“We want to bring the entire campus to the Rohatyn Center through these events,” said Mayer. “We want the arts, social sciences and humanities to come together to talk about these issues.”
In the four days preceding the three-day conference, Middlebury students and faculty participated in presentations pertaining to water, featuring representatives from non-profit organizations and Middlebury and Monterey Institute of International Studies students and faculty involved in water research. Robert Hoesterey, Director of Strategic Development of The Eden Projects, spoke on Wednesday about his work in Ethiopia and Madagascar decreasing povery through deforestation projects.
On Thursday, photographer Edward Burtynsky gave a lecture about his exhibit “Nature Transformed,” currently on display in the Middlebury College Museum.
On Friday, the Robert A. Jones House hosted three different panel discussions, titled “Water Divided,” “Changing Water and Land Use” and “Water Territories,” with a number of visiting professors.
Two more panel discussions were held on Saturday, “Sustaining Multiple Uses of Water” and “Access to Water and Resistance.” The conference came to a close on Saturday afternoon with a summary and concluding discussion.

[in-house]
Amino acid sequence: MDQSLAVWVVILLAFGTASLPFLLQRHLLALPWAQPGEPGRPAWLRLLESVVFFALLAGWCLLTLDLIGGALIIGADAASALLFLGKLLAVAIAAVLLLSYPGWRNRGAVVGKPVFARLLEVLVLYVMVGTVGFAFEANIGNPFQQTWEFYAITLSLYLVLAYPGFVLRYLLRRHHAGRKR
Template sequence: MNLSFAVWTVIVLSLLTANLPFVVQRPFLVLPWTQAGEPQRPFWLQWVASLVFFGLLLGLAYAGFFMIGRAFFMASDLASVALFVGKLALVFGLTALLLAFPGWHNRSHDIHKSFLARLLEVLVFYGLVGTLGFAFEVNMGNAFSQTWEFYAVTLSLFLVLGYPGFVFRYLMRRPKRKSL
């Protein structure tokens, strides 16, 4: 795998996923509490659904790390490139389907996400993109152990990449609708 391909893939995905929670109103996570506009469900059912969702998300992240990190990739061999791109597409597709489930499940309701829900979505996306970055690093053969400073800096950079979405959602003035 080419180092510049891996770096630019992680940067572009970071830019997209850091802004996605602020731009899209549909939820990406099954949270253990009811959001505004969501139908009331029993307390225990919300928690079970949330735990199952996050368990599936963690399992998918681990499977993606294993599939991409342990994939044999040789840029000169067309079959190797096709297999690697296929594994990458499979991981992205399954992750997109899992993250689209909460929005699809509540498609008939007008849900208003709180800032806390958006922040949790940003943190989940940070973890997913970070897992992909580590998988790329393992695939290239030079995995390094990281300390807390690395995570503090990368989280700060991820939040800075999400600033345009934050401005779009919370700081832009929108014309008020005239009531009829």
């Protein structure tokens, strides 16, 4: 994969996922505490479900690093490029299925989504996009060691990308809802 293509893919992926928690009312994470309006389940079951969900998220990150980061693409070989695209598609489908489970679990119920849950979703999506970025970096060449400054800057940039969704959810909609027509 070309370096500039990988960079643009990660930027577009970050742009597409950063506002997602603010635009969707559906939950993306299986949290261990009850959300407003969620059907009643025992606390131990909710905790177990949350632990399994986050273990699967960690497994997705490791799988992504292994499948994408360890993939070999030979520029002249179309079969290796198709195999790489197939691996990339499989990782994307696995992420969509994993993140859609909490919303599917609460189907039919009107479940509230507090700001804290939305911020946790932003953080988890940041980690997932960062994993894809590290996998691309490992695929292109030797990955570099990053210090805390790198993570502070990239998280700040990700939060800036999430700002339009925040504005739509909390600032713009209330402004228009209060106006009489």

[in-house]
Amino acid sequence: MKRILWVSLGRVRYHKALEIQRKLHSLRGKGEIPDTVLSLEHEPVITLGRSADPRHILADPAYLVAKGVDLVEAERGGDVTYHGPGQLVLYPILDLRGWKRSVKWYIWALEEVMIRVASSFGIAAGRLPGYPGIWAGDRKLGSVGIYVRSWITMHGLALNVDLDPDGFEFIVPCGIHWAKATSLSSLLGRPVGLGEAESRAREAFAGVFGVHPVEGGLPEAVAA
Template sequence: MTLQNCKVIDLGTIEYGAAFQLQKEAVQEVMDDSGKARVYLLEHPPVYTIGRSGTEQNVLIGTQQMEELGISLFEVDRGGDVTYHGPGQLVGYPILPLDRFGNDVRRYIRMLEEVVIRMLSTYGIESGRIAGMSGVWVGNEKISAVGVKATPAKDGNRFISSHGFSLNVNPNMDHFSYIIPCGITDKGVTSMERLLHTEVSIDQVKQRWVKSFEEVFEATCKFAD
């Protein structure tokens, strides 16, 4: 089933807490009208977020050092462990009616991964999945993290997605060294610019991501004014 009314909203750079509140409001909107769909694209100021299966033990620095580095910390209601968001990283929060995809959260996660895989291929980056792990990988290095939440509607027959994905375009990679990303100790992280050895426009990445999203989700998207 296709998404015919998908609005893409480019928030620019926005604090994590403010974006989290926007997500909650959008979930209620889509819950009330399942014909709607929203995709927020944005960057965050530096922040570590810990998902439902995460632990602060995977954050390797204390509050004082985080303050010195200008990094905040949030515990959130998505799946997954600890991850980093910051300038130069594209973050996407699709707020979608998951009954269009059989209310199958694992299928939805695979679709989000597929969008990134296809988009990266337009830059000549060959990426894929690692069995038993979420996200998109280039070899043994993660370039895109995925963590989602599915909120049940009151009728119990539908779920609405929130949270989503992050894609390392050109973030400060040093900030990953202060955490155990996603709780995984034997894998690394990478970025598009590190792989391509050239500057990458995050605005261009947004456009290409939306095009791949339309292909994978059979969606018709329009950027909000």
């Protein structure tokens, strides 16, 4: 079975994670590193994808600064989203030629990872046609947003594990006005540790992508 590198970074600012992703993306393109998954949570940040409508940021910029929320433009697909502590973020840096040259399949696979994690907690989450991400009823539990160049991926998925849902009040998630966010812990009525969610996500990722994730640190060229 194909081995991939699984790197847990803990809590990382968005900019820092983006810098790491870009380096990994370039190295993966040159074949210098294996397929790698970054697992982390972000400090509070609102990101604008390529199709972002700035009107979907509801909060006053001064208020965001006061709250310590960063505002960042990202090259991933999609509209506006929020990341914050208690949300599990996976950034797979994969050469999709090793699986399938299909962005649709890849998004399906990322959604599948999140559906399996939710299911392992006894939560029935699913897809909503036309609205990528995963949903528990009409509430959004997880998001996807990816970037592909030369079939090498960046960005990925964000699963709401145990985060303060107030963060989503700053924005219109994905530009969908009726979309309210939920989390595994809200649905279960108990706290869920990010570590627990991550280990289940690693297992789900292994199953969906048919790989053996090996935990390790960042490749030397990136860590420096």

The organizers of the symposium, Mayer and Visiting Assistant Professor of Environmental Studies Catherine Ashcraft, began planning for the event last July. They envision that the College will continue holding such annual interdisciplinary international conferences, and have chosen other global themes to discuss in subsequent years.
Professor Lina Abu-Ghunmi, from the University of Jordan, who gave a talk called “Grey Water Concept Toward Mitigating Water Shortage” and specializes in wastewater treatment, noted the significance of the symposium.
“We’re focusing on different scientific fields and bringing together economists, sociologists and engineers and looking at different situations all over the world,” she said.
Monterey Professor Pushpa Iyer spoke about “The Politics of Muddled Waters in Gujarat, India: Environmental, Economic, Social, and Cultural Influences.”
Iyer, whose expertise includes identity conflict and South Asia, said of the symposium, “This is wonderful. It’s the right size for meaningful interaction to happen. It gives us the opportunity to connect with scholars and really get to know their research.” With respect to the freshwater problems confronting the planet, she stated, “Sociocultural and political challenges dominate. Water is not just a resource that needs to be managed. It involves layers of complexity that make arriving at one solution hard, but these difficulties have to be analyzed to effectively deal with the issue.”
Marjeela Basij-Rasikh ’15 attended the symposium and believed that the conference was a crucial event to take place, especially in a liberal arts environment.
“It was very inclusive, encompassing even the social and spiritual aspects of water,” she said. “We care about the environment a lot on campus, so we need such insights from people who are experienced in the field. It allowed me to understand how individual participation matters and how I could take action. I encourage more students to take advantage of future conferences.”